By Charles J. Moore, Attorney
A power of attorney is a legal document that allows a principal (one person) to allow another person (an agent or an attorney-in-fact) to make healthcare and/or financial decisions for them if they cannot make those decisions themselves.
Powers of attorney are a cornerstone of any estate plan I create for clients.
This article dives a little deeper into why power of attorney documents are so important for a person to have.
#1 IF YOU BECOME INCAPACITATED AND DON’T HAVE A POWER OF ATTORNEY YOU CAN’T CREATE ONE
A person creating a power of attorney must have legal capacity to do so. That is, they must understand what powers they are giving to another person, they must be able to identify the relationship of that named person to them, they must know what assets they have, and this is among other questions they must be able to answer.
A person who does not have capacity cannot create a power of attorney. Someone must file a petition for guardianship in the county in which you live to be appointed, after a hearing in front of a judge, as your guardian (a person appointed to be legally responsible for and to manage an incapacitated person’s affairs) and often also appointed as conservator (a person appointed to manage the financial affairs of an incapacitated person).
#2 WITHOUT A POWER OF ATTORNEY YOU LOSE THE RIGHT TO NAME WHO YOU WANT TO MAKE DECISIONS ON YOUR BEHALF
When you visit a power of attorney lawyer St. Peters, Missouri, you get to name who you want to be in charge and who would be the alternate(s) if your first choice cannot assist you. Think about how important it might be to name a specific person in your life versus the right of anyone to seek to be appointed as your guardian / conservator.
Like so much of estate planning, creating a power of attorney is about having control over who is in charge, which creates peace of mind. Think about how important that might be if you have multiple children and prefer one or two of them to make decisions for you.
#3 CREATING A HEALTHCARE POWER OF ATTORNEY WITH AN ADVANCED DIRECTIVE MEANS YOU ARE LEAVING INSTRUCTIONS TO YOUR FAMILY FOR THE END OF LIFE.
An advanced directive, also called a healthcare directive or living will, is a set of instructions to your power of attorney in the event that you are in a coma, terminally ill and/or seriously incapacitated such that you cannot tell your treating physician how to proceed to treat you.
In an advanced directive you are electing procedures to be not given (withheld or withdrawn) if your treating physician does not think they will lead to a significant recovery. Imagine if you could no longer make decisions for yourself because you were in a coma.
Without an advanced directive, your family member(s) may struggle to withhold medical treatments which will keep you alive but with no quality of life. Your family, like most families, will struggle to make the right medical decisions without instruction. The advanced directive leaves nothing to guess and therein lies its power.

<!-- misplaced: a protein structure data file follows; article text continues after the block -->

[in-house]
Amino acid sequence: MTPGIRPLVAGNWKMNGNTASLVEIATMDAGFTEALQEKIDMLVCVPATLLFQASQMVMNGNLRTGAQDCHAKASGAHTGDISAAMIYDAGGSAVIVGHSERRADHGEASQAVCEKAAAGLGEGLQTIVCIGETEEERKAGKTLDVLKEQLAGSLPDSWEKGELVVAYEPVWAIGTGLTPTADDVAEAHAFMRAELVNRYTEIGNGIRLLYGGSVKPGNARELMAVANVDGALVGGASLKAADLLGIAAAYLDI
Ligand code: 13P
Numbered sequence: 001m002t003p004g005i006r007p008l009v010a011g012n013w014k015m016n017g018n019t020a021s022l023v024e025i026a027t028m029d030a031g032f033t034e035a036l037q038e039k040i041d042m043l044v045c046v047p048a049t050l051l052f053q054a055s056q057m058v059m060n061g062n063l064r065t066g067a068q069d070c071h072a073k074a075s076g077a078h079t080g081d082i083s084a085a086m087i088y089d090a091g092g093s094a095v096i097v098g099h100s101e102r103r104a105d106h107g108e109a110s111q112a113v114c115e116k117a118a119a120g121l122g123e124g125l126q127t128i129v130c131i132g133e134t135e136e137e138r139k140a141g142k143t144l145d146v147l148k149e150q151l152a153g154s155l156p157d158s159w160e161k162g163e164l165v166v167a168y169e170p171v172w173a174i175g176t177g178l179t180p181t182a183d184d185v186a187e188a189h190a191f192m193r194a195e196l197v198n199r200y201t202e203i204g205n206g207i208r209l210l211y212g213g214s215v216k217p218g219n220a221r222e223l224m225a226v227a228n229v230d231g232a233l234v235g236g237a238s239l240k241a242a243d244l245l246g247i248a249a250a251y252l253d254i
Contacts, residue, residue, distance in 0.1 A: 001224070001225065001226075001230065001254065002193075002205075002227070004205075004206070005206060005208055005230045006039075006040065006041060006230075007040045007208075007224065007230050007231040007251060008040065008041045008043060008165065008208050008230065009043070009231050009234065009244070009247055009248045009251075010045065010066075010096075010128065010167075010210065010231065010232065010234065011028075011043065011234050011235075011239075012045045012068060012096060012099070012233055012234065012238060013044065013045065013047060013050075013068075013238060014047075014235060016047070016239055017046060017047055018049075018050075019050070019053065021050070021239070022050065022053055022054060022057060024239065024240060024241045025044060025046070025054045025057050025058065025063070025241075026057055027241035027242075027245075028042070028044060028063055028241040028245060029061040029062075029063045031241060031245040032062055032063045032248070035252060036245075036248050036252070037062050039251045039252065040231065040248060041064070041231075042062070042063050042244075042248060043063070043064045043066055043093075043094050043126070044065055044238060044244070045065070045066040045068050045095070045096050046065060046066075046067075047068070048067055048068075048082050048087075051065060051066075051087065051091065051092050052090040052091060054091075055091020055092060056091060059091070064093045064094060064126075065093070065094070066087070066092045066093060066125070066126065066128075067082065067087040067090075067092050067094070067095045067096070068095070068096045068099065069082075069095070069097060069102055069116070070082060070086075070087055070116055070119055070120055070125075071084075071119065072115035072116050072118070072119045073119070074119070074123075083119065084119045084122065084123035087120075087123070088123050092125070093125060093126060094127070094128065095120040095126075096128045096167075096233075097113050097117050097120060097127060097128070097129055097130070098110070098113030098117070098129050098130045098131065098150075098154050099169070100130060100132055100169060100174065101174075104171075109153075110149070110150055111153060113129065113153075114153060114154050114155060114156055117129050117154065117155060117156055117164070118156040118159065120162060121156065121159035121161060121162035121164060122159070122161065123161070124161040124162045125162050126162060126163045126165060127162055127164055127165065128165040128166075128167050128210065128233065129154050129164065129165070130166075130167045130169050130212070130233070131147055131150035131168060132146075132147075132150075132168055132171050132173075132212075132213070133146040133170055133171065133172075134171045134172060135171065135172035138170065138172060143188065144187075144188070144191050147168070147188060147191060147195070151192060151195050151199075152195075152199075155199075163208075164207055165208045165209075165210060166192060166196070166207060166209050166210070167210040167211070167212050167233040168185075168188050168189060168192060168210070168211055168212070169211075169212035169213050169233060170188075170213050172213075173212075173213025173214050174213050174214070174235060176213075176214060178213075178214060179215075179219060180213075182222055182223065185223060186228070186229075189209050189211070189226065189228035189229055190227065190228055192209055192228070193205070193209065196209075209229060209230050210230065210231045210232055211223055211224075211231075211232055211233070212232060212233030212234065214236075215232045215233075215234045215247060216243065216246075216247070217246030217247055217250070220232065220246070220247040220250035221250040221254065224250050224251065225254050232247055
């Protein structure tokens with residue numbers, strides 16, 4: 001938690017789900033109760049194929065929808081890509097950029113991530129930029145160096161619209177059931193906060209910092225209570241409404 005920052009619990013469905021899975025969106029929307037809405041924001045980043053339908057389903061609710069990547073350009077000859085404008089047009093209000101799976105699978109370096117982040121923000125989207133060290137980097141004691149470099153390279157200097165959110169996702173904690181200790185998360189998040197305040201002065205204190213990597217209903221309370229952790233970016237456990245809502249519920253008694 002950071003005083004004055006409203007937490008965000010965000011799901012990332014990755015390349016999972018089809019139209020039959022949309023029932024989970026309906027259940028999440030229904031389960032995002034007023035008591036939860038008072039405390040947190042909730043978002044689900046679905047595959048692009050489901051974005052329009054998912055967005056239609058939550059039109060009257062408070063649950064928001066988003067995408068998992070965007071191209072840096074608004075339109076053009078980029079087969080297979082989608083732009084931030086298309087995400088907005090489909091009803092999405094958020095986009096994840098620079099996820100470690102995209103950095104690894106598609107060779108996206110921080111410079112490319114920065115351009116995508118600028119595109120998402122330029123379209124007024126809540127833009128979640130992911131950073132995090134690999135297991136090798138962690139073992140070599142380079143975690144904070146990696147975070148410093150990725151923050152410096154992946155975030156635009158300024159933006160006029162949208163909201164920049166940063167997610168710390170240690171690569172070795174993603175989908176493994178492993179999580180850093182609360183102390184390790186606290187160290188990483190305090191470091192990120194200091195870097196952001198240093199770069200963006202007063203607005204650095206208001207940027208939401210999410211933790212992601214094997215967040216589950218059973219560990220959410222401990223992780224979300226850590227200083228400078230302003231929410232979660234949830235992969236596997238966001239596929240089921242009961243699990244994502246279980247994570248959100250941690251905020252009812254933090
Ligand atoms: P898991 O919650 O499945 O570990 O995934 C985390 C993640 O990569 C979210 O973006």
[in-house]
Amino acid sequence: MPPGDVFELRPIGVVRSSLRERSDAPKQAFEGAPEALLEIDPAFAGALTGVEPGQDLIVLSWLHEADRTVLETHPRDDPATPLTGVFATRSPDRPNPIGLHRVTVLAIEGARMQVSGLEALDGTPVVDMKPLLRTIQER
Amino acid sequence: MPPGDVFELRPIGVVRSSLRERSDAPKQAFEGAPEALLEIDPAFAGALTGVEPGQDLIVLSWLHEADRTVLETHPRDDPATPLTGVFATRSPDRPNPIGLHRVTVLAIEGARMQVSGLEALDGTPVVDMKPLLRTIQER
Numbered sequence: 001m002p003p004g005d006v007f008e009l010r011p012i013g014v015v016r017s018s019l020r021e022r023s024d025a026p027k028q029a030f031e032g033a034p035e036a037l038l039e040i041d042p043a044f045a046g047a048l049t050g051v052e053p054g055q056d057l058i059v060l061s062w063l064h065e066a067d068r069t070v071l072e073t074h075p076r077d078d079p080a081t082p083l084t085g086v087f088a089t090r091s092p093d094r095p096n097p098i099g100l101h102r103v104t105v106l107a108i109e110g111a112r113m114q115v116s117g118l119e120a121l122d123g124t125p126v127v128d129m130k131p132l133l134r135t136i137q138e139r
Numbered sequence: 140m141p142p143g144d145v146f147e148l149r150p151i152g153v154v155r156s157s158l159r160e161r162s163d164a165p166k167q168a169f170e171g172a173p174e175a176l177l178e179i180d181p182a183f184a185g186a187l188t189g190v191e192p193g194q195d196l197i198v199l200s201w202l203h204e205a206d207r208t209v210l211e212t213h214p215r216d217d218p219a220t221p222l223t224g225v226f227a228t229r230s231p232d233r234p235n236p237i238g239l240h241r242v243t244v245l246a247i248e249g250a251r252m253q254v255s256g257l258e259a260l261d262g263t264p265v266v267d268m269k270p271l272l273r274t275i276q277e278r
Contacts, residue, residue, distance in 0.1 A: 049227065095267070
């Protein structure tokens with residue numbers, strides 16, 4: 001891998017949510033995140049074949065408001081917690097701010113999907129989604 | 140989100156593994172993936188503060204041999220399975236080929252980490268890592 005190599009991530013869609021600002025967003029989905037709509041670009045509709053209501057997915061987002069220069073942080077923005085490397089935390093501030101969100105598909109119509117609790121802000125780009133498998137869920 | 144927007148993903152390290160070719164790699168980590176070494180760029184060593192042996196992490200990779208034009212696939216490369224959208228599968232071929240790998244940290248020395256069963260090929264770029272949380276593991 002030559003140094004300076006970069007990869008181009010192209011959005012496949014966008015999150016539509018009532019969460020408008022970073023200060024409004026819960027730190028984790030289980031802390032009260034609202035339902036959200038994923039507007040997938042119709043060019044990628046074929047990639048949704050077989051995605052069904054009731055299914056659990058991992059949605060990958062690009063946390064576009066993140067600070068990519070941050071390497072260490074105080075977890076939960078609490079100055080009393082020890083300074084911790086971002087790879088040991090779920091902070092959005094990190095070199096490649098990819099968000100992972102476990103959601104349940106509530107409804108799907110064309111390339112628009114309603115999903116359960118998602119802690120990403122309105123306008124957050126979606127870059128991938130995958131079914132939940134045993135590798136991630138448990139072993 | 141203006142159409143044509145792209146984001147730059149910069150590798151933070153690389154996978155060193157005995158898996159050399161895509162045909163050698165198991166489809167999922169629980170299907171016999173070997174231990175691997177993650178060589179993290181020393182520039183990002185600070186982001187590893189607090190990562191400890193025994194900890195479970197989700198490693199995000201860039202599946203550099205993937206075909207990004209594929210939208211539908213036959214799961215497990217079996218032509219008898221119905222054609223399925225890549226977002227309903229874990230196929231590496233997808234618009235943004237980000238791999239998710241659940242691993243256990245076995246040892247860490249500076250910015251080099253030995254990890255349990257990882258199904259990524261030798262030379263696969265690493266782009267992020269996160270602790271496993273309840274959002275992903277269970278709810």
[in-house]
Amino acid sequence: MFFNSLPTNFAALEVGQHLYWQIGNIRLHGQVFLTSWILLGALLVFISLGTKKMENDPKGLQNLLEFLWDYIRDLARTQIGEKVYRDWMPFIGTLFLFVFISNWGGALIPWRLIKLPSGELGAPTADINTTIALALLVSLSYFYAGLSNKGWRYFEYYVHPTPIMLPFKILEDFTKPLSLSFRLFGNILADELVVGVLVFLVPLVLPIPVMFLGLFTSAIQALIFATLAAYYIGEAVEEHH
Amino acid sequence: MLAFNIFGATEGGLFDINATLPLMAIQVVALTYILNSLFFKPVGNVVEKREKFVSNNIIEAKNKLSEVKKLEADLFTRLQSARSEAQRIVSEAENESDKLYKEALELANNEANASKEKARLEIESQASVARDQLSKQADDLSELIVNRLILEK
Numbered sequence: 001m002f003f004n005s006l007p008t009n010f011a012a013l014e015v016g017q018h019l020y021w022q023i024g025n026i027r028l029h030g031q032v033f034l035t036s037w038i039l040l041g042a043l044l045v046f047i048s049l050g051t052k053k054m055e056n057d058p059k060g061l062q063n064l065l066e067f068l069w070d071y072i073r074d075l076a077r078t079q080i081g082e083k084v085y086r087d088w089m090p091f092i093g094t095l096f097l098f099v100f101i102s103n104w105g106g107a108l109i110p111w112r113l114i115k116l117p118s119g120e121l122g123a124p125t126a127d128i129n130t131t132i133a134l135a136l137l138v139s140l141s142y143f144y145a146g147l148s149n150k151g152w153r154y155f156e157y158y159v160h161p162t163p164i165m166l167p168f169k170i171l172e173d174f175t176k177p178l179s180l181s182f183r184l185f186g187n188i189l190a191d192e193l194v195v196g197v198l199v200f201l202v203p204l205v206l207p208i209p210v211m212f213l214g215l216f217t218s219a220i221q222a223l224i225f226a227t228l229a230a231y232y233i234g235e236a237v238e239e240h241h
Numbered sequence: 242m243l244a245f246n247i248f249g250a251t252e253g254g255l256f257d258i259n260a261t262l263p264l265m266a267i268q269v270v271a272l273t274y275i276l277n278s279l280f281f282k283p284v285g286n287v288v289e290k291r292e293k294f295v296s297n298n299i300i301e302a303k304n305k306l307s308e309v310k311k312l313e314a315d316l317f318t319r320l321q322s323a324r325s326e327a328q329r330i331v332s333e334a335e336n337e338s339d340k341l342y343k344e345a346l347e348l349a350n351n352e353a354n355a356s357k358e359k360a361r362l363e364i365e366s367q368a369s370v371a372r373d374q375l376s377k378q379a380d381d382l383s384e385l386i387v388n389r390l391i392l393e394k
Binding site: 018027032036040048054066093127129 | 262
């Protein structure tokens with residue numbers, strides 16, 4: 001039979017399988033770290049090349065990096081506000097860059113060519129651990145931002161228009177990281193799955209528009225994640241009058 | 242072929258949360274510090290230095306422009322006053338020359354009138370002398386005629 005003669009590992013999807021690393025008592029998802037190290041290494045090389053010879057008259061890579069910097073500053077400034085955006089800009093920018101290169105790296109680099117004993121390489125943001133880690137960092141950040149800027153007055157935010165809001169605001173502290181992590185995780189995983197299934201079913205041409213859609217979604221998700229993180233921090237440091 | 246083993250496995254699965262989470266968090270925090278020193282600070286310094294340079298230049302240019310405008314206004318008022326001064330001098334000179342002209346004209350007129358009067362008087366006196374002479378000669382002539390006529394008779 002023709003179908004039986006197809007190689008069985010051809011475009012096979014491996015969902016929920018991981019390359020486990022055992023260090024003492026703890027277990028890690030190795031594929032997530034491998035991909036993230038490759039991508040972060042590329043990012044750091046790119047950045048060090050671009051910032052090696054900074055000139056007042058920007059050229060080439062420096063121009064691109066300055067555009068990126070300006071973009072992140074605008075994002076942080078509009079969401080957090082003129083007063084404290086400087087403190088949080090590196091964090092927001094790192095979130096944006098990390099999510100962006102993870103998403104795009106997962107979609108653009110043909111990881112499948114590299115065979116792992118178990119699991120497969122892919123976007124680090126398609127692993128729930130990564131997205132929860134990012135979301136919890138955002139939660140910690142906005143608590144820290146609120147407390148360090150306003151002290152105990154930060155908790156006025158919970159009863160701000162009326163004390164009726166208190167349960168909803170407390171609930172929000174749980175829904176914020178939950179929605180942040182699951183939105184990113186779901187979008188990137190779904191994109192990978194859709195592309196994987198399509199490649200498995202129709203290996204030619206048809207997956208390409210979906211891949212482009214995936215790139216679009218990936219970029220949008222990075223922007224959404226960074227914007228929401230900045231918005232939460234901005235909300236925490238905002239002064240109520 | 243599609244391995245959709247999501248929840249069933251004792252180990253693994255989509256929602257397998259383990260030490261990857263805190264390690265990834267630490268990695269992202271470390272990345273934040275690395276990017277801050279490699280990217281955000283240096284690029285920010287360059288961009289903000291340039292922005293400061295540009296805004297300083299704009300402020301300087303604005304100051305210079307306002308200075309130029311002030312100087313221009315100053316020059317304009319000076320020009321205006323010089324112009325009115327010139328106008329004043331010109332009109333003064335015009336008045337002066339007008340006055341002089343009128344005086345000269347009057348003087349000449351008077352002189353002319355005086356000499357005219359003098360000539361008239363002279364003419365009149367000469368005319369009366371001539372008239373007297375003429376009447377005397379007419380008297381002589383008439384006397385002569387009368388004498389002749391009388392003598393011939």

#4 EVEN IF YOU’RE INCAPACITATED, LIFE GOES ON…
Every day we speak to people regarding our personal affairs, we provide passwords and usernames to prove who we are and we have to spend time every few weeks paying bills, doing banking, calling insurance companies and doctor’s offices, hospitals, government agencies. With a power of attorney in hand, you’re naming someone to do that for you if you can’t. This ensures that you don’t miss paying bills, miss filing a tax return, miss receiving a pension or Social Security payment and of course, everything else.
#5 CREATING A POWER OF ATTORNEY LEAVES YOUR FAMILY PREPARED
Once you’ve created a power of attorney document, the real “power” is being able to sit down with your family and prepare for incapacity. In short, it’s a very good conversation starter between, usually, parents and their grown children. The opportunity to face the inevitable, to talk openly about your desires if you can’t care for yourself and to review the document which gives the power to you chosen agent. Thus, the act of creating a power of attorney does not just plan with the document. Rather, it also plans with the chance to have an open and frank discussion with family.
Powers of attorney have so many other great benefits. Perhaps one of the best things about a power of attorney is that they are not all that expensive to create, especially when you consider their importance.
Charles J. Moore is an estate planning and elder law attorney and the founder of Legacy Law Center, which has offices in O’Fallon and St. Charles. He can be reached at (636) 887-5297.
Visit his website at www.legacylawmissouri.com.
The information expressed herein should not be construed by the reader to be legal advice, nor relied upon as legal advice, as it is solely for informational purposes.